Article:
Solidarity Visits. Kenya 2008


Nairobi, Kenya 2008

Social movements and grassroots leaders from across the Americas, Africa, and Asia came together in Nairobi to organize and participate in three full days of strategic meetings of the Social Movement Working Group, which surrounded the four-day International Strategy Meeting on ESCR and ESCR-Net General Assembly on 29-30 November and 5 December, 2008. The gathering supported mutual-learning amongst social movements, strengthened solidarity and support between social movements and NGOs, and organized solidarity visits to stand in support and learn from Kenyan social movements in their struggle. The Social Movement Working Group also developed common strategies and plans for collective work, and emphasized ensuring the inclusion and centrality of social movement leadership in ESCR-Net. The discussions were animated and grounded by the decades of strength and experience of participants from diverse and rich backgrounds as organized small-scale farmers, rural and urban poor, indigenous, Dalit, women and workers' organizations, fisherfolk, pastoral people, and the HIV/AIDS positive.

The gathering began with a warm welcome from local hosts, followed by a discussion of the history of ESCR-Net's work with social movements. With video, in small groups and in assembly, participants then shared their concrete individual experiences, the key challenges and obstacles faced, the human rights strategies utilized in these struggles, and the recent successes and emerging opportunities in securing ESC rights. A blog project was opened to all participants at the beginning of the Social Movements and Grassroots Gathering and continued throughout the International Strategy Meeting and General Assembly, as a space to share ideas, photos, video, and commentary about experiences, solidarity, and strategies.  Visit the blog at:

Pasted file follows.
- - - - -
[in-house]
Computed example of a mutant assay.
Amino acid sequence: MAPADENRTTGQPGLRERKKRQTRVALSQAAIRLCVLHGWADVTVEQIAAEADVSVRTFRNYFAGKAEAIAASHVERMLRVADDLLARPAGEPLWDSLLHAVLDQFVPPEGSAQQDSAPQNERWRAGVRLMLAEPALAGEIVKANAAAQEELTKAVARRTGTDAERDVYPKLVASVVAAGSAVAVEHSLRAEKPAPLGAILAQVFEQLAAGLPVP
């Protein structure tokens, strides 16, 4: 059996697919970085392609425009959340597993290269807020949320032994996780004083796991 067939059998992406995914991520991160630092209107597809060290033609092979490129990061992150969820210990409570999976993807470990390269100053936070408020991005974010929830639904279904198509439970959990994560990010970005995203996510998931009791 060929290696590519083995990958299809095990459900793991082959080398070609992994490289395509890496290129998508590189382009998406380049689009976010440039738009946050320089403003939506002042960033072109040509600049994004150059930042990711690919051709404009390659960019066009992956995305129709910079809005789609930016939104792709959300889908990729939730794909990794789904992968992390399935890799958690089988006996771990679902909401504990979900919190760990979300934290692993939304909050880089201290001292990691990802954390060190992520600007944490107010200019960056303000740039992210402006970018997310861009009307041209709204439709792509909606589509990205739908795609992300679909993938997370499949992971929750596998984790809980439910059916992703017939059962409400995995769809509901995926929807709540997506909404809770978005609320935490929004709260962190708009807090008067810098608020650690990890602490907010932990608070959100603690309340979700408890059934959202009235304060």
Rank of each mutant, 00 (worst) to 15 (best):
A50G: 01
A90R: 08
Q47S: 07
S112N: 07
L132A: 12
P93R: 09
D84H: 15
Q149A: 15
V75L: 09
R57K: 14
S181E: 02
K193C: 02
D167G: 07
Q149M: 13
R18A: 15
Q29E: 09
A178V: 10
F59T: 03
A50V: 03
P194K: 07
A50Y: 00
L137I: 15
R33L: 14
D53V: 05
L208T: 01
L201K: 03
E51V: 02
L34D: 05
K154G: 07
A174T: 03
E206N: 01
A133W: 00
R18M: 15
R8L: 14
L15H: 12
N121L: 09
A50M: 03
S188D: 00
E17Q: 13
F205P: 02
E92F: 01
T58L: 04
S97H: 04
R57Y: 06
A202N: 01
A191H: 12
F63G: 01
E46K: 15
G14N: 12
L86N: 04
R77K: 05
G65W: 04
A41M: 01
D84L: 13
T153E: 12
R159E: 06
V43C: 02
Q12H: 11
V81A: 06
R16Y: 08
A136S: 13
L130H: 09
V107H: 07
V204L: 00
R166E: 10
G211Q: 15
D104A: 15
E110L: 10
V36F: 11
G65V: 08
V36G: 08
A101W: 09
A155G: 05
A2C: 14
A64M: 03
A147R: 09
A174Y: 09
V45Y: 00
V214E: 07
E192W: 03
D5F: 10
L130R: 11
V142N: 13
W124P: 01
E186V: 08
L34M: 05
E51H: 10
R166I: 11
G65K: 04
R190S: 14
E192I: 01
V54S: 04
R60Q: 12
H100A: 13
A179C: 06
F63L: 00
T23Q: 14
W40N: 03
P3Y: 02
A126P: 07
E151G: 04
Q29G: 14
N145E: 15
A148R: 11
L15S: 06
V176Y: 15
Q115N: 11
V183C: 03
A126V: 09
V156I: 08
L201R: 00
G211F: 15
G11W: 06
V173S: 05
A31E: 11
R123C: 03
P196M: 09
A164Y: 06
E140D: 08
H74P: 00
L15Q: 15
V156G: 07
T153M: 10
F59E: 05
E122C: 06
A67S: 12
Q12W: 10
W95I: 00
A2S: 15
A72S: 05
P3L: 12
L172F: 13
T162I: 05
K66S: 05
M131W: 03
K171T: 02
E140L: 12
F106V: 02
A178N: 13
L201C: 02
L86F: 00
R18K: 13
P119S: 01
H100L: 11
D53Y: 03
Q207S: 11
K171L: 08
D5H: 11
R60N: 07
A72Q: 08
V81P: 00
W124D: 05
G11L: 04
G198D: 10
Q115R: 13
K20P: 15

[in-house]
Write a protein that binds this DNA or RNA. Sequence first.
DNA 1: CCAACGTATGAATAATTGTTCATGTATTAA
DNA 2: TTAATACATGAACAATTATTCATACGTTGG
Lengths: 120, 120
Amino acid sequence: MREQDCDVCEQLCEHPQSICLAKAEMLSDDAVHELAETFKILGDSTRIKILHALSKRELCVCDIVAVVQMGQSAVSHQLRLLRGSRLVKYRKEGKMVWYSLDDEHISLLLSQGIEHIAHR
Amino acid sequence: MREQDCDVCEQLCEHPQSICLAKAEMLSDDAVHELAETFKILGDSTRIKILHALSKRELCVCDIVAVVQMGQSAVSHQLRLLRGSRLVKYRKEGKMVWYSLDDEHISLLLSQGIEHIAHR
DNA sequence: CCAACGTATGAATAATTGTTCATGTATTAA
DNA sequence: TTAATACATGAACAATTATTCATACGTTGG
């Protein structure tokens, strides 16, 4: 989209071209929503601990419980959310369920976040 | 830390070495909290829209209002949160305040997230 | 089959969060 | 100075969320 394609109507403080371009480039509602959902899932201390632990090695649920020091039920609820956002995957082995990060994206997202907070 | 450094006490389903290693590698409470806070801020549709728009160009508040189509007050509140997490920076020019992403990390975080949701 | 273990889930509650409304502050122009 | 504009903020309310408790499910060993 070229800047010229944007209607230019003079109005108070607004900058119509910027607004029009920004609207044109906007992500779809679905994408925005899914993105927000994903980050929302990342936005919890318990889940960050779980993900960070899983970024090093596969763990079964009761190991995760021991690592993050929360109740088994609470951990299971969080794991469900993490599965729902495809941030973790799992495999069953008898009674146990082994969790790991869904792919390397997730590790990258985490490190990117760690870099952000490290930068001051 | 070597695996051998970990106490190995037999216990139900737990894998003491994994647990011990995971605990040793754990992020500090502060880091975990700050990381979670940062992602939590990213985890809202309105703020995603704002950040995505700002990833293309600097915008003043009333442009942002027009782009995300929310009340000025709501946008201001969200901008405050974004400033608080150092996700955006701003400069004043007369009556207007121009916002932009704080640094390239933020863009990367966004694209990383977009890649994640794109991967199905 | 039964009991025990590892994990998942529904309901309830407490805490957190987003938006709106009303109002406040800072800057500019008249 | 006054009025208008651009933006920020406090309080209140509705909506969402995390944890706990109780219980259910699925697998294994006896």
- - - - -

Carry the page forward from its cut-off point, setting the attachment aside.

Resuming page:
Discussions were then held to identify and map out struggles shared by all. These common struggles were diverse, including the privatization of land, water and other natural resources; displacement and dispossession; the lack of meaningful participation within governments, global institutions, and broader civil society; the lack of recognition of the rights of family farmers; the criminalization of dissent; and the denial of access to justice and inability to make economic and social rights justiciable. Ongoing discrimination and violations of cultural rights, as well as the systematic attempt to destroy mobilization and disempower community organizations were also recognized as common struggles.